Dr Oloyede identified some of the genetic problems to be genotype related. A blood genotype is different from a blood group because genotype has to do with the genes. Most people have a blood genotype called AA. Those who inherit an A gene from one parent and S gene from the other parent have an AS blood genotype. People with AS blood do not have sickle-cell anemia, but they can pass the disorder on to their offspring. People who inherit S gene from one parent and another S gene from the other parent have an SS blood genotype, the genotype of sickle-cell anemia.
The medical experts asserted that for a child to inherit SS-genotype, he or she must inherit the defective S gene from each parent. Just as it takes two people to have a baby, it takes two people to pass on sickle-cell anaemia. Usually, the disorder is passed on when both parents have AS type blood. When a person with AS-type blood marries another person with AS type blood, there is a 1 in 4 chance that any child born to them will have SS-type blood.
Recent data released by the World Health Organisation (WHO) reveal that averages of 150,000 infants are born with sickle cell disease in Nigeria. The country ranks first as the sickle cell endemic country in the world with an annual infant death of 100,000, representing 8 per cent of infant mortality in the country. This high frequency of sickle cell cases in the country, calls for measures targeted at evolving strategies that will keep the disorder in check.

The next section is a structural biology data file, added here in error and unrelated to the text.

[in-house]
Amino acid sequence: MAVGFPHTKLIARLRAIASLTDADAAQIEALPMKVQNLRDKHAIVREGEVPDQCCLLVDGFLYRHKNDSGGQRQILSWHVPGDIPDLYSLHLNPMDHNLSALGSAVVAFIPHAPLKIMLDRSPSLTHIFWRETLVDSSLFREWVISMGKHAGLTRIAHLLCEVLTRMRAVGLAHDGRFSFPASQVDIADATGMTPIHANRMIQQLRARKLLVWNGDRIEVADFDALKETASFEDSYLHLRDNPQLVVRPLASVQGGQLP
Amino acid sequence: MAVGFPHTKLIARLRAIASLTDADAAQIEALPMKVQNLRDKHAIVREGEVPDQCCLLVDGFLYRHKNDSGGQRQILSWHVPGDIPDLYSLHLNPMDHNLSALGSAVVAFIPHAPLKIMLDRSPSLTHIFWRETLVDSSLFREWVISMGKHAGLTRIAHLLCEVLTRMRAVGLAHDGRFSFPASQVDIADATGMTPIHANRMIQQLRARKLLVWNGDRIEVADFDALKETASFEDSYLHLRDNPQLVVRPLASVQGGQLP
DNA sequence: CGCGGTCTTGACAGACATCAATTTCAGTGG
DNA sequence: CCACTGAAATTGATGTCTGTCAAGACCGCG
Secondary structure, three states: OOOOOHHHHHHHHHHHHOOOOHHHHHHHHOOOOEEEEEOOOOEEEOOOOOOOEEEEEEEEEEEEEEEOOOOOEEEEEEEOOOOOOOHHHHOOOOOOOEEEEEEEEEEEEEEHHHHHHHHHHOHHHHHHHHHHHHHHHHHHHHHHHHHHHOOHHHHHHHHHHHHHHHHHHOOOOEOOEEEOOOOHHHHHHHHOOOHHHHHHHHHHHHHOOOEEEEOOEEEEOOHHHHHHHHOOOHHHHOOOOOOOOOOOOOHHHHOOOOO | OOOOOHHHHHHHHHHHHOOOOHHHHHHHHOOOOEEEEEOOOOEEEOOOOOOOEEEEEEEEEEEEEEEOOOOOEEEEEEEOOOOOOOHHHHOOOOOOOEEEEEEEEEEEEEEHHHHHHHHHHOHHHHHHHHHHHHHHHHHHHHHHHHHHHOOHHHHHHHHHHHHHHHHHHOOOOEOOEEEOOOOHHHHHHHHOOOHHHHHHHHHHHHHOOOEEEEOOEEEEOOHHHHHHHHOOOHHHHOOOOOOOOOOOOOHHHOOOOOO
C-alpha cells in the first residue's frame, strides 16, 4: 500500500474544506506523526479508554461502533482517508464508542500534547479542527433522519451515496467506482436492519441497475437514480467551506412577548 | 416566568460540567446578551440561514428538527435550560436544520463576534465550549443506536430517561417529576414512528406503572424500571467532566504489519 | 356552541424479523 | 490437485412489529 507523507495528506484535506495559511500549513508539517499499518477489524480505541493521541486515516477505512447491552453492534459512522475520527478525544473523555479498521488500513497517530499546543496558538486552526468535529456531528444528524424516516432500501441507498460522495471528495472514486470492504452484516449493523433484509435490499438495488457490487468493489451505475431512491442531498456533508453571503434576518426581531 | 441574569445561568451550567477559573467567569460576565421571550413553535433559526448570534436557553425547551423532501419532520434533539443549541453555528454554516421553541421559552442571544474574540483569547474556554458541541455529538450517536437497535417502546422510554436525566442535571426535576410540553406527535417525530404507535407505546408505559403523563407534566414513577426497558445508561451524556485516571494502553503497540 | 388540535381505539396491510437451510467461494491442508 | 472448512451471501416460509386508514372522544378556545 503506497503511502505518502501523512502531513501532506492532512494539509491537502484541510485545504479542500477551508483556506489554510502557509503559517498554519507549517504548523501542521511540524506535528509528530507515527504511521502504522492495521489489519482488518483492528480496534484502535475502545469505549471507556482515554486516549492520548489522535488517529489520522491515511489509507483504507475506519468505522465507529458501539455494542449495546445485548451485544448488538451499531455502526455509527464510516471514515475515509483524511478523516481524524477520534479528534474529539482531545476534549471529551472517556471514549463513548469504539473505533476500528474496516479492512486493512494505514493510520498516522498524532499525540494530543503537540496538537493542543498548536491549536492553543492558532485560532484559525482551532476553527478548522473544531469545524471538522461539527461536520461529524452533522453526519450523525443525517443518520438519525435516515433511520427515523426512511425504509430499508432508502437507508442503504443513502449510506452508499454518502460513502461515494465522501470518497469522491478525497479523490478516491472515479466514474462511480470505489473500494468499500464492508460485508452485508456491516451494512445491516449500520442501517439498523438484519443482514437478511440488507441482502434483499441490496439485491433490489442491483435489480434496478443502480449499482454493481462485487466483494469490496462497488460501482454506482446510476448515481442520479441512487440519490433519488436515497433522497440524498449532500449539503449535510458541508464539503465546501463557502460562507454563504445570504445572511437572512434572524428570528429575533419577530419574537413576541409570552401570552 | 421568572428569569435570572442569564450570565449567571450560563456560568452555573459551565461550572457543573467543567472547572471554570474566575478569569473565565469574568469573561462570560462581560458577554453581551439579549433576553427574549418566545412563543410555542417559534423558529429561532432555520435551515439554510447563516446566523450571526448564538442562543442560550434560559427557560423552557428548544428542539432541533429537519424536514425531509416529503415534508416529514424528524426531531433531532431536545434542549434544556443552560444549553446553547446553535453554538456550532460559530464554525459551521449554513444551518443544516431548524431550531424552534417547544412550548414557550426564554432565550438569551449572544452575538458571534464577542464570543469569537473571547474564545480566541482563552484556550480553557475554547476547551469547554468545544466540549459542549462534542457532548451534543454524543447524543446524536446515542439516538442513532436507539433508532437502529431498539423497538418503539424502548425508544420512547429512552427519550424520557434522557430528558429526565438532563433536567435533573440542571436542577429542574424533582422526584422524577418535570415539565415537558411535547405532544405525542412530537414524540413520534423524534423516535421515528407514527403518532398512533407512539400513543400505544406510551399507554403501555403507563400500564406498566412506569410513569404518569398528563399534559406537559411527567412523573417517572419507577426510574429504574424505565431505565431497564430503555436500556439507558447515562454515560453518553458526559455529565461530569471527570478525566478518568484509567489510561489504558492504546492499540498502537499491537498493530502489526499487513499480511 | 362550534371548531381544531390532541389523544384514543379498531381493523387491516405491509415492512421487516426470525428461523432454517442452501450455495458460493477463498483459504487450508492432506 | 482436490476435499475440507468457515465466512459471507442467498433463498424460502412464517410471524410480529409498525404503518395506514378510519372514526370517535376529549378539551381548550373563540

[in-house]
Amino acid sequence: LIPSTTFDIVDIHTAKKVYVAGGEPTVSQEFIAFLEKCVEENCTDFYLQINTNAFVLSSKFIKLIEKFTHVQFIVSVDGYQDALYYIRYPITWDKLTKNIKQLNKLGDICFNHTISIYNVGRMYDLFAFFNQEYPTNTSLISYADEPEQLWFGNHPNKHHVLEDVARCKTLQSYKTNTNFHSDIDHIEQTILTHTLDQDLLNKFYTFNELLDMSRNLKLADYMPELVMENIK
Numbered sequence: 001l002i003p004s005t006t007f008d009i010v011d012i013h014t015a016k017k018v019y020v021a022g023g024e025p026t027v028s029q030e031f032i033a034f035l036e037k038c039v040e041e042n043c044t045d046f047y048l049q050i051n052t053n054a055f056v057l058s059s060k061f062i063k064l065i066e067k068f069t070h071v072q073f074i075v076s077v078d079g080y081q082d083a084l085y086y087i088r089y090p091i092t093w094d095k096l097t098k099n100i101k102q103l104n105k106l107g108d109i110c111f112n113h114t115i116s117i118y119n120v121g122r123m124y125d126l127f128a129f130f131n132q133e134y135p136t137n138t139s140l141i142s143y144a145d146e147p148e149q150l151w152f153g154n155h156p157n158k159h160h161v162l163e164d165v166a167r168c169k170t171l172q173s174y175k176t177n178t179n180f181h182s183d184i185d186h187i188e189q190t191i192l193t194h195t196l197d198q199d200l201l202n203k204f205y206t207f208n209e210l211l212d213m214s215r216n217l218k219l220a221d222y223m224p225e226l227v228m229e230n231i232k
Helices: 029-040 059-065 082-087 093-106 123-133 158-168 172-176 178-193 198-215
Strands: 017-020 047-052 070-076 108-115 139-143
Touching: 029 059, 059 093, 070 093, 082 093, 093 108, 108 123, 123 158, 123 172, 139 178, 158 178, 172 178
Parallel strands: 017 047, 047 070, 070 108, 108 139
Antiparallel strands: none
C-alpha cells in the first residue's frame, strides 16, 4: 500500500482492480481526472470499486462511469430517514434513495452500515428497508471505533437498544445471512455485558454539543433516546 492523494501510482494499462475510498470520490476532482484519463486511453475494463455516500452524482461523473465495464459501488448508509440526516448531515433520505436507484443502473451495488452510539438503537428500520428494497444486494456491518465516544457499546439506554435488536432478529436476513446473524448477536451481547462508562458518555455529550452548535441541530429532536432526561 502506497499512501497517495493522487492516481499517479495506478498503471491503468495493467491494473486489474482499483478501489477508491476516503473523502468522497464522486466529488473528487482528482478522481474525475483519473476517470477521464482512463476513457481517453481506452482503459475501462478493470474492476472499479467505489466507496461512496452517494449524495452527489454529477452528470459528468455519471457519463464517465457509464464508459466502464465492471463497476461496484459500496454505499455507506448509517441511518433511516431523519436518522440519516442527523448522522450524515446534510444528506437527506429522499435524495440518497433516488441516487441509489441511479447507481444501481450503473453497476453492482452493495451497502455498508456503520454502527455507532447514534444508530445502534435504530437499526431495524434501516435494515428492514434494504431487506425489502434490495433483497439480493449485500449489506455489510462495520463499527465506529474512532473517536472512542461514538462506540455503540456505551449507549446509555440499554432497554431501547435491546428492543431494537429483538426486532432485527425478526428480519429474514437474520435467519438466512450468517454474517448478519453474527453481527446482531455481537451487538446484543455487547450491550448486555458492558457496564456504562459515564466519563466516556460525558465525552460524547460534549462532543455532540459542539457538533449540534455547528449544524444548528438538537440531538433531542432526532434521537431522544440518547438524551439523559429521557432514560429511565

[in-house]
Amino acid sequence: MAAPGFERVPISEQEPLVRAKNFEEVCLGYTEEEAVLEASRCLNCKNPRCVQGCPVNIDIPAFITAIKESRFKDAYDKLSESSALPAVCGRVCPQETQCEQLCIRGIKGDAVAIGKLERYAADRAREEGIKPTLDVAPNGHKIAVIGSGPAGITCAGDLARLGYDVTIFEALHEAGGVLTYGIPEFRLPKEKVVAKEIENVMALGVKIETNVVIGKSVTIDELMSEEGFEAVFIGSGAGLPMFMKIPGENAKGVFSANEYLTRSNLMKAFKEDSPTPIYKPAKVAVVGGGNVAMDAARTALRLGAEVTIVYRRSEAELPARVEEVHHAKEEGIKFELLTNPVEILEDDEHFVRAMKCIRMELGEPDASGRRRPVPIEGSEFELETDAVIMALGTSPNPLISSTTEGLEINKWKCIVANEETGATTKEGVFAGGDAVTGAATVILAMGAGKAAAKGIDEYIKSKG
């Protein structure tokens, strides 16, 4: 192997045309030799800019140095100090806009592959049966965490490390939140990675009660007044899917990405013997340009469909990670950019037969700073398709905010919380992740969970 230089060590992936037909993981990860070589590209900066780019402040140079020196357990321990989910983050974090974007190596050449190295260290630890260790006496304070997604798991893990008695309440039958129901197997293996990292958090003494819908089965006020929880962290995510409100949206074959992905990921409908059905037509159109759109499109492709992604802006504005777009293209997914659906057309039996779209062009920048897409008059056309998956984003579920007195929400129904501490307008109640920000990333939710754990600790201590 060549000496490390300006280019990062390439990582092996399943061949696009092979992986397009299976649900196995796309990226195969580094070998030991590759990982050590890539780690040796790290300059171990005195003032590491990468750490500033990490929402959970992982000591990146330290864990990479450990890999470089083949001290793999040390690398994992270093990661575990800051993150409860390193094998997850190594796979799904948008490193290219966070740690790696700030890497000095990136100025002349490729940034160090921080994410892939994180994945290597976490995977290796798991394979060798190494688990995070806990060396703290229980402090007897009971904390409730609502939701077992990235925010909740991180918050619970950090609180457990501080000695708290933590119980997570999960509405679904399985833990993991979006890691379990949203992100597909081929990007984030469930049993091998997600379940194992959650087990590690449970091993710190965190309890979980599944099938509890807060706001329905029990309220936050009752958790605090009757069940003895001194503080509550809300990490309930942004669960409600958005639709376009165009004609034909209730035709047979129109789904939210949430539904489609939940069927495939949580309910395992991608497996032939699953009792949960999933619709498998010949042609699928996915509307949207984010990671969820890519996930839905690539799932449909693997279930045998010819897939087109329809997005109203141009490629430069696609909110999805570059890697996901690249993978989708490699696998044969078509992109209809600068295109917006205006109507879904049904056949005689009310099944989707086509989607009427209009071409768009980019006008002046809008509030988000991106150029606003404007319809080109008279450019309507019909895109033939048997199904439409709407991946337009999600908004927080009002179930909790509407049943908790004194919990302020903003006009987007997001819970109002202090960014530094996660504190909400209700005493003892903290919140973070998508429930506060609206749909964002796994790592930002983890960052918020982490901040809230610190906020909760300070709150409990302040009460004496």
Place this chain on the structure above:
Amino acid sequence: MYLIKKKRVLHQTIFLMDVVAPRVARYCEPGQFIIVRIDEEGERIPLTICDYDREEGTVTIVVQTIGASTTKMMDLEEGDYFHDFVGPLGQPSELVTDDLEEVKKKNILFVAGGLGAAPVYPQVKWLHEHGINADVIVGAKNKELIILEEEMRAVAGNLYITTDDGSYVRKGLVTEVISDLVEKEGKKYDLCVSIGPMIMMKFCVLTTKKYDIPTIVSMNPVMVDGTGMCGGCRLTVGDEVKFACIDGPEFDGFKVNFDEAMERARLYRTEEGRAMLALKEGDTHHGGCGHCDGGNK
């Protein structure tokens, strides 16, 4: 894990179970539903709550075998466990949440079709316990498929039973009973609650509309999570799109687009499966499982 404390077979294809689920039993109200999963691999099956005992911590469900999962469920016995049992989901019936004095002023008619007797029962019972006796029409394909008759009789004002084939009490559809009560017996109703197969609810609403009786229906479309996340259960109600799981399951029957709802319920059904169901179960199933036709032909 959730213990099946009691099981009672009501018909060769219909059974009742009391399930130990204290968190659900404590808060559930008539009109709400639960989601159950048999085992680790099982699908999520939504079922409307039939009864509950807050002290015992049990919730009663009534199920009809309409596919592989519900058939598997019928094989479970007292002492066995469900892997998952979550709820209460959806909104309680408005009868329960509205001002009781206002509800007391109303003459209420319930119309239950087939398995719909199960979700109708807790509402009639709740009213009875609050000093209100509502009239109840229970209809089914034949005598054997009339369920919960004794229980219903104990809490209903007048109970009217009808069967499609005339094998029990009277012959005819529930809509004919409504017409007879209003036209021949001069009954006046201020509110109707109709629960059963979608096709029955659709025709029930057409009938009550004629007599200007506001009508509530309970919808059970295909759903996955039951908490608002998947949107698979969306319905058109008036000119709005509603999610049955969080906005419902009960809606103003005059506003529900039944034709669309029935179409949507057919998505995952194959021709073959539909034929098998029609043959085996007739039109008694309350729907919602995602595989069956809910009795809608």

Dr Oloyede said that sickle-cell anaemia can be prevented. "Foetal medicine has made it possible to diagnose a foetus with the SS genotype as early as eleven weeks of the pregnancy. It is wise for couples to find out blood genotype long before they consider marriage. This can be done by a blood test. People who have AA blood can be assured that none of their children will develop sickle-cell anemia, no matter whom they marry. Those who have AS blood should understand that if they marry a person who also has AS blood, they run a high risk of producing a child that will have sickle-cell anemia. If they find out that both of them have the AS genotype, they can either decide to break the relationship or still go ahead with their marriage plans, only they must undergo prenatal diagnosis under a fetal medicine specialist to determine if the baby got the SS gene or not and then take a decision whether to keep the baby or not."
According to Dr Oloyede, experience has clearly shown that genetic counselling coupled with the offer of prenatal diagnosis can lead to a large-scale of reduction in births of affected children. However, prenatal diagnosis can raise ethical questions which differ from one culture to another..